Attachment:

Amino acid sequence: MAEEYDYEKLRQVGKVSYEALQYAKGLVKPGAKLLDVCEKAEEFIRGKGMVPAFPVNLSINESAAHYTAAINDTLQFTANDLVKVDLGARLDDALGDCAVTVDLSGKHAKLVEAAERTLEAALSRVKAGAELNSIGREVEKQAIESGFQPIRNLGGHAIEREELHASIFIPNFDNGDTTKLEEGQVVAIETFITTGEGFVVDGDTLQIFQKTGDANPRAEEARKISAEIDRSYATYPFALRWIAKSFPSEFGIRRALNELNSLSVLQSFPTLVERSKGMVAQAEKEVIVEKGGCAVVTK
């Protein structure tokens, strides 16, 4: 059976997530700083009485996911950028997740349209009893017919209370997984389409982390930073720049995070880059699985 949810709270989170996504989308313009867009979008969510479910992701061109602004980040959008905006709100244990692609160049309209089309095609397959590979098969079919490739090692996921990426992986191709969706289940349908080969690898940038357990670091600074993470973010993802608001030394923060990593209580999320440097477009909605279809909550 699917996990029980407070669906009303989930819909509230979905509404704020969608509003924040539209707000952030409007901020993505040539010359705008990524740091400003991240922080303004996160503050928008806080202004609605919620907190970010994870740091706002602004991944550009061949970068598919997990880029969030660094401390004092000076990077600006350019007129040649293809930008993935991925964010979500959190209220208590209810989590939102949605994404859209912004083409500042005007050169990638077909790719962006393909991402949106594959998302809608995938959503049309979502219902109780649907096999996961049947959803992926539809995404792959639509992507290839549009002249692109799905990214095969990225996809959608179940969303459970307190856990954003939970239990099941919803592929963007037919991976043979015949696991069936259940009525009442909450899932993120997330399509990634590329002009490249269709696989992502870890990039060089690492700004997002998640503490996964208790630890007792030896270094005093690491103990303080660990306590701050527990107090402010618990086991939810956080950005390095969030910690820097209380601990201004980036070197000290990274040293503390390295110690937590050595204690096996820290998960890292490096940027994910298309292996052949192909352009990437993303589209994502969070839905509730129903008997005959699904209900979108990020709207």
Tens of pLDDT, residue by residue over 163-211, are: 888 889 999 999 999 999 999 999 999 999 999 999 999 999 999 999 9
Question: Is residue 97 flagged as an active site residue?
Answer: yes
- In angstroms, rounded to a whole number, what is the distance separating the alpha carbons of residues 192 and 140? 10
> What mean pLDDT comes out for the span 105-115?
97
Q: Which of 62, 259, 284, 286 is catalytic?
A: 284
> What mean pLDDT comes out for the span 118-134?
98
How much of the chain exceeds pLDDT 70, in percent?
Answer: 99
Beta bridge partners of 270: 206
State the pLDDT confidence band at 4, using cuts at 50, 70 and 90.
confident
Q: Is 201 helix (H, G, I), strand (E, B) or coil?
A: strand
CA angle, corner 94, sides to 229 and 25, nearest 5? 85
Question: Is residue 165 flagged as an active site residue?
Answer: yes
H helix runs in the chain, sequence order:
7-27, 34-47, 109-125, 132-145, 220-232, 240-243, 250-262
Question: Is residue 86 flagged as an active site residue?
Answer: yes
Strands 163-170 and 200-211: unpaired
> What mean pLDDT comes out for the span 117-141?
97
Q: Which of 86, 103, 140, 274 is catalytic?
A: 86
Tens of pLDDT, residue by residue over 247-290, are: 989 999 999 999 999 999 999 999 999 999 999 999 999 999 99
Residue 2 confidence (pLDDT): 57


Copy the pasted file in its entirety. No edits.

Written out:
Amino acid sequence: MAEEYDYEKLRQVGKVSYEALQYAKGLVKPGAKLLDVCEKAEEFIRGKGMVPAFPVNLSINESAAHYTAAINDTLQFTANDLVKVDLGARLDDALGDCAVTVDLSGKHAKLVEAAERTLEAALSRVKAGAELNSIGREVEKQAIESGFQPIRNLGGHAIEREELHASIFIPNFDNGDTTKLEEGQVVAIETFITTGEGFVVDGDTLQIFQKTGDANPRAEEARKISAEIDRSYATYPFALRWIAKSFPSEFGIRRALNELNSLSVLQSFPTLVERSKGMVAQAEKEVIVEKGGCAVVTK
């Protein structure tokens, strides 16, 4: 059976997530700083009485996911950028997740349209009893017919209370997984389409982390930073720049995070880059699985 949810709270989170996504989308313009867009979008969510479910992701061109602004980040959008905006709100244990692609160049309209089309095609397959590979098969079919490739090692996921990426992986191709969706289940349908080969690898940038357990670091600074993470973010993802608001030394923060990593209580999320440097477009909605279809909550 699917996990029980407070669906009303989930819909509230979905509404704020969608509003924040539209707000952030409007901020993505040539010359705008990524740091400003991240922080303004996160503050928008806080202004609605919620907190970010994870740091706002602004991944550009061949970068598919997990880029969030660094401390004092000076990077600006350019007129040649293809930008993935991925964010979500959190209220208590209810989590939102949605994404859209912004083409500042005007050169990638077909790719962006393909991402949106594959998302809608995938959503049309979502219902109780649907096999996961049947959803992926539809995404792959639509992507290839549009002249692109799905990214095969990225996809959608179940969303459970307190856990954003939970239990099941919803592929963007037919991976043979015949696991069936259940009525009442909450899932993120997330399509990634590329002009490249269709696989992502870890990039060089690492700004997002998640503490996964208790630890007792030896270094005093690491103990303080660990306590701050527990107090402010618990086991939810956080950005390095969030910690820097209380601990201004980036070197000290990274040293503390390295110690937590050595204690096996820290998960890292490096940027994910298309292996052949192909352009990437993303589209994502969070839905509730129903008997005959699904209900979108990020709207």
Tens of pLDDT, residue by residue over 163-211, are: 888 889 999 999 999 999 999 999 999 999 999 999 999 999 999 999 9
Question: Is residue 97 flagged as an active site residue?
Answer: yes
- In angstroms, rounded to a whole number, what is the distance separating the alpha carbons of residues 192 and 140? 10
> What mean pLDDT comes out for the span 105-115?
97
Q: Which of 62, 259, 284, 286 is catalytic?
A: 284
> What mean pLDDT comes out for the span 118-134?
98
How much of the chain exceeds pLDDT 70, in percent?
Answer: 99
Beta bridge partners of 270: 206
State the pLDDT confidence band at 4, using cuts at 50, 70 and 90.
confident
Q: Is 201 helix (H, G, I), strand (E, B) or coil?
A: strand
CA angle, corner 94, sides to 229 and 25, nearest 5? 85
Question: Is residue 165 flagged as an active site residue?
Answer: yes
H helix runs in the chain, sequence order:
7-27, 34-47, 109-125, 132-145, 220-232, 240-243, 250-262
Question: Is residue 86 flagged as an active site residue?
Answer: yes
Strands 163-170 and 200-211: unpaired
> What mean pLDDT comes out for the span 117-141?
97
Q: Which of 86, 103, 140, 274 is catalytic?
A: 86
Tens of pLDDT, residue by residue over 247-290, are: 989 999 999 999 999 999 999 999 999 999 999 999 999 999 99
Residue 2 confidence (pLDDT): 57